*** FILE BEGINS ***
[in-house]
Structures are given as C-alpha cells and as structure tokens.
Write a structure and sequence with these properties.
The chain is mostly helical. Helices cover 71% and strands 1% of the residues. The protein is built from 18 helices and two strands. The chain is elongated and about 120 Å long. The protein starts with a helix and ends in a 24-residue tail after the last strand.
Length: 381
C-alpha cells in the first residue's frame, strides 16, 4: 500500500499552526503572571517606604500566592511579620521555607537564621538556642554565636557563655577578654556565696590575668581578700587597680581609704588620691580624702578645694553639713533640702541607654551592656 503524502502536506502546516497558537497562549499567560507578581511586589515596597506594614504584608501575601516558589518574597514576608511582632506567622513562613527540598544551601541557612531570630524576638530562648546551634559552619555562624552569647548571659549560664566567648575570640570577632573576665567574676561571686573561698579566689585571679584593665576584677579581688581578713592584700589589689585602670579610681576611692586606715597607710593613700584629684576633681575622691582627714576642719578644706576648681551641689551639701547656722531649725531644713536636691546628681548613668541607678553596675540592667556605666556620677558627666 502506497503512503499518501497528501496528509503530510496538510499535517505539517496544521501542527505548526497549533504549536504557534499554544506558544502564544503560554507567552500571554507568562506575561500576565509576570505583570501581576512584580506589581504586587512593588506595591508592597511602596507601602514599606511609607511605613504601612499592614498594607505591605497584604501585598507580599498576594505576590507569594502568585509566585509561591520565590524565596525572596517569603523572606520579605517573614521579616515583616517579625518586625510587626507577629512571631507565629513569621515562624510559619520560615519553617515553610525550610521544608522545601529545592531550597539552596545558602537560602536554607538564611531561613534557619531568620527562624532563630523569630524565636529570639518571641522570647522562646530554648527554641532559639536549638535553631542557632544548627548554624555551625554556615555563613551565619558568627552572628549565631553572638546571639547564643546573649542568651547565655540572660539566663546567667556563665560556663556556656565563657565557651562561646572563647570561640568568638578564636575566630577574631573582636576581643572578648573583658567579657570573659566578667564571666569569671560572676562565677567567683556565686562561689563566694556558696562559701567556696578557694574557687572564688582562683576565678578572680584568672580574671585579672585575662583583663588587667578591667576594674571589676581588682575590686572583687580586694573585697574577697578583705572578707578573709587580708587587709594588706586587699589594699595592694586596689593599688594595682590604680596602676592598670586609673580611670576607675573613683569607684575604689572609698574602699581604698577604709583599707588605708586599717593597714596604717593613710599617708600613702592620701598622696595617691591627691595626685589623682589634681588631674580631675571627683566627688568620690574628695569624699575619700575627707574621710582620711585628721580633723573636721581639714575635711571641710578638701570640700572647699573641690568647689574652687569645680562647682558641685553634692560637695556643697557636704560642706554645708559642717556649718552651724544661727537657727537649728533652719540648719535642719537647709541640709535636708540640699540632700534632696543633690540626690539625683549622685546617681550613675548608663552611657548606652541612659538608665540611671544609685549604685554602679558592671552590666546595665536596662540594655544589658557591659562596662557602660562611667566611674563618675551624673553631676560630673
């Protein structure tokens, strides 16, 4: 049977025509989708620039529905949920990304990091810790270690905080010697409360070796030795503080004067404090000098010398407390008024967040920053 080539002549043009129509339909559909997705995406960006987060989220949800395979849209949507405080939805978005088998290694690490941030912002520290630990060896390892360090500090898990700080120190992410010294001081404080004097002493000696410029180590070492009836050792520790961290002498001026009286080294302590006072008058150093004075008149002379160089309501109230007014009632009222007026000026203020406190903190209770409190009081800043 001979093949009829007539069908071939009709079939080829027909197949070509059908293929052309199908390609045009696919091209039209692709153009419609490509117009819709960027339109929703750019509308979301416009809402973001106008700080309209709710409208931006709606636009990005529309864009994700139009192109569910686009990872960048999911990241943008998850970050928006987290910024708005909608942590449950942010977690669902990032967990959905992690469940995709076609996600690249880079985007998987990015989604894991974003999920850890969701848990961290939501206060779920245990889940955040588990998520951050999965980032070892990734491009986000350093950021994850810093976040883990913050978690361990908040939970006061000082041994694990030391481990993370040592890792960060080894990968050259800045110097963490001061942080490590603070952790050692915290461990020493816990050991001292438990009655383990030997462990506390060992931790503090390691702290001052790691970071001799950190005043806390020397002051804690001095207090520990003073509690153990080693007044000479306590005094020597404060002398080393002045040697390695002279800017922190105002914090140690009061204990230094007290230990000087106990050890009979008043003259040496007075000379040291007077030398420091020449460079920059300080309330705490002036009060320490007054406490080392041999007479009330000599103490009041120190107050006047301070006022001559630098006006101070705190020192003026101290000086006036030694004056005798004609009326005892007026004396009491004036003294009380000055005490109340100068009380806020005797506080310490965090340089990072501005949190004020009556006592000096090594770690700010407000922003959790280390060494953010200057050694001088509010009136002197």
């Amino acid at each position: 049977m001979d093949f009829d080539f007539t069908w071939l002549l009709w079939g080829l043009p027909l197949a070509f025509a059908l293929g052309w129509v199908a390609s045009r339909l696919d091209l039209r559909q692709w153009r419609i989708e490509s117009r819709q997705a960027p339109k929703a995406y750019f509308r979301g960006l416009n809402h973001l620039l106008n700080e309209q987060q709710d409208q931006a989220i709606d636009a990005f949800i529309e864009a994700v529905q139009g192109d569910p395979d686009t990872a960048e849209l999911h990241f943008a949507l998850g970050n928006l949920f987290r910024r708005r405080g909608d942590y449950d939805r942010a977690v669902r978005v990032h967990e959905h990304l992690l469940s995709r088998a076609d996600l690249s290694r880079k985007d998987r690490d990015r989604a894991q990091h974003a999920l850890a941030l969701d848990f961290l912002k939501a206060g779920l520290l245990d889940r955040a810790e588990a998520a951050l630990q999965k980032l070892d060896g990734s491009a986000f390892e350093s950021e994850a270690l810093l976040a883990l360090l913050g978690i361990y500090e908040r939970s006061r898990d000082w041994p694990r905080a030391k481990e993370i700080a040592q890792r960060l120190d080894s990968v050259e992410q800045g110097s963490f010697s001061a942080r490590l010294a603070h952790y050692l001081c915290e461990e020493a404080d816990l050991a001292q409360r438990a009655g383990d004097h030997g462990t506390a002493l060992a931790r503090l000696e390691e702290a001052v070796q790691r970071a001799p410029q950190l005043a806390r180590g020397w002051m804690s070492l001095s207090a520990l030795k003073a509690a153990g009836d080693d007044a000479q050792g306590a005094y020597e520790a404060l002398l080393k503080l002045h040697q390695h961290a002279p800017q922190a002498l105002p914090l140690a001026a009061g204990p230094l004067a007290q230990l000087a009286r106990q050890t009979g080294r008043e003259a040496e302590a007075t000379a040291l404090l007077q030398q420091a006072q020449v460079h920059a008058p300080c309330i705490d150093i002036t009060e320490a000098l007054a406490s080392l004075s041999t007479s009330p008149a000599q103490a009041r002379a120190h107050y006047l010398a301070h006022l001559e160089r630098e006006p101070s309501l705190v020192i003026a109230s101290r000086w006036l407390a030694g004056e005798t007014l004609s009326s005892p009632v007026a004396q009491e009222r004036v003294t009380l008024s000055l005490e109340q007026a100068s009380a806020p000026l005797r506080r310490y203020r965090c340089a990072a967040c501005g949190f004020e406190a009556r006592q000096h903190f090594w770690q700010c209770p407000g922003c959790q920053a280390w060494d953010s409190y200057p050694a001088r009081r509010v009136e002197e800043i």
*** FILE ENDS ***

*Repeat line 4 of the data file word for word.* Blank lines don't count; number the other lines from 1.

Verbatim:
The chain is mostly helical. Helices cover 71% and strands 1% of the residues. The protein is built from 18 helices and two strands. The chain is elongated and about 120 Å long. The protein starts with a helix and ends in a 24-residue tail after the last strand.